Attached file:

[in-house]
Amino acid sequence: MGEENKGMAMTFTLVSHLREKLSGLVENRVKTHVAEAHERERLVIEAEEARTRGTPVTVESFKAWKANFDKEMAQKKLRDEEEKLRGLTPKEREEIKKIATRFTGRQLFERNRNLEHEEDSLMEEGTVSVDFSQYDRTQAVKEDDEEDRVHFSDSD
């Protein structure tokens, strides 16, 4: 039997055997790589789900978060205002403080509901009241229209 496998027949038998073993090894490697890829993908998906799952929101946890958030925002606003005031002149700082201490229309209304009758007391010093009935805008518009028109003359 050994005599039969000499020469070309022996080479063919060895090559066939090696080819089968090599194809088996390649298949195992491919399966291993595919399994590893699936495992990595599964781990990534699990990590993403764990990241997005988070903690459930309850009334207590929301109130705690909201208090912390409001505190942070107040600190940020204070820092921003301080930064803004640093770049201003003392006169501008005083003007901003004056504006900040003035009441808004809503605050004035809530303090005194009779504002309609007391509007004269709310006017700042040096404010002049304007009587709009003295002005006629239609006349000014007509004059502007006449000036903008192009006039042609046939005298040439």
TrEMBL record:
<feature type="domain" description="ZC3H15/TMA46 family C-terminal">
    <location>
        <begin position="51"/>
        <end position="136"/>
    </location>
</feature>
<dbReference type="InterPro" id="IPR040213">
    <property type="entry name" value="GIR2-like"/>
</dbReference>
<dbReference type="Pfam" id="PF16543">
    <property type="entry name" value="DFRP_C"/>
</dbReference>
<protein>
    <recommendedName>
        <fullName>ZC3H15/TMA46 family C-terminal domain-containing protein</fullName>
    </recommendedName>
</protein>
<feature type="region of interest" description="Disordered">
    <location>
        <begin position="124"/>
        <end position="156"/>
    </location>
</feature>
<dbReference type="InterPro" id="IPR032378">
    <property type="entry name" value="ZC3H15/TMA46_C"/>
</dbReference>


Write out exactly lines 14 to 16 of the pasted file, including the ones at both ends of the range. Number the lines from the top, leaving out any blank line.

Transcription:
<dbReference type="Pfam" id="PF16543">
    <property type="entry name" value="DFRP_C"/>
</dbReference>